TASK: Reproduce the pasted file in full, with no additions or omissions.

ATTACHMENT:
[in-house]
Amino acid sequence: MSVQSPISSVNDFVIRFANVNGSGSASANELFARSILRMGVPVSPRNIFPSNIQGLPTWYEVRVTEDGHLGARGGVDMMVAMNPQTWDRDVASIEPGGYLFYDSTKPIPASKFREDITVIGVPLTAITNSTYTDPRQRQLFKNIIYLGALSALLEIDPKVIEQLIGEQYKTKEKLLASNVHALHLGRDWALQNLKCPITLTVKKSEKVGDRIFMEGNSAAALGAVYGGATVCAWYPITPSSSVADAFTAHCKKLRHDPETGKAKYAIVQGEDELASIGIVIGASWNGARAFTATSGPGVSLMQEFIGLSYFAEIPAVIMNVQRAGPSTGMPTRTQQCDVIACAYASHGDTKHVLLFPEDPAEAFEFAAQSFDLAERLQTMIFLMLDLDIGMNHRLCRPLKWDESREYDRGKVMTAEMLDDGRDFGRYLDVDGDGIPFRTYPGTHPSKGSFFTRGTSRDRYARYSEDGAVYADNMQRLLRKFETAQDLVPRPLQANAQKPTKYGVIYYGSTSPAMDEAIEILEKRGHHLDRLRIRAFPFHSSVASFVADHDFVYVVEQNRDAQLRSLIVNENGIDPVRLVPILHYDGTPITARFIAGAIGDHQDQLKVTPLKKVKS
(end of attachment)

[in-house]
Amino acid sequence: MSVQSPISSVNDFVIRFANVNGSGSASANELFARSILRMGVPVSPRNIFPSNIQGLPTWYEVRVTEDGHLGARGGVDMMVAMNPQTWDRDVASIEPGGYLFYDSTKPIPASKFREDITVIGVPLTAITNSTYTDPRQRQLFKNIIYLGALSALLEIDPKVIEQLIGEQYKTKEKLLASNVHALHLGRDWALQNLKCPITLTVKKSEKVGDRIFMEGNSAAALGAVYGGATVCAWYPITPSSSVADAFTAHCKKLRHDPETGKAKYAIVQGEDELASIGIVIGASWNGARAFTATSGPGVSLMQEFIGLSYFAEIPAVIMNVQRAGPSTGMPTRTQQCDVIACAYASHGDTKHVLLFPEDPAEAFEFAAQSFDLAERLQTMIFLMLDLDIGMNHRLCRPLKWDESREYDRGKVMTAEMLDDGRDFGRYLDVDGDGIPFRTYPGTHPSKGSFFTRGTSRDRYARYSEDGAVYADNMQRLLRKFETAQDLVPRPLQANAQKPTKYGVIYYGSTSPAMDEAIEILEKRGHHLDRLRIRAFPFHSSVASFVADHDFVYVVEQNRDAQLRSLIVNENGIDPVRLVPILHYDGTPITARFIAGAIGDHQDQLKVTPLKKVKS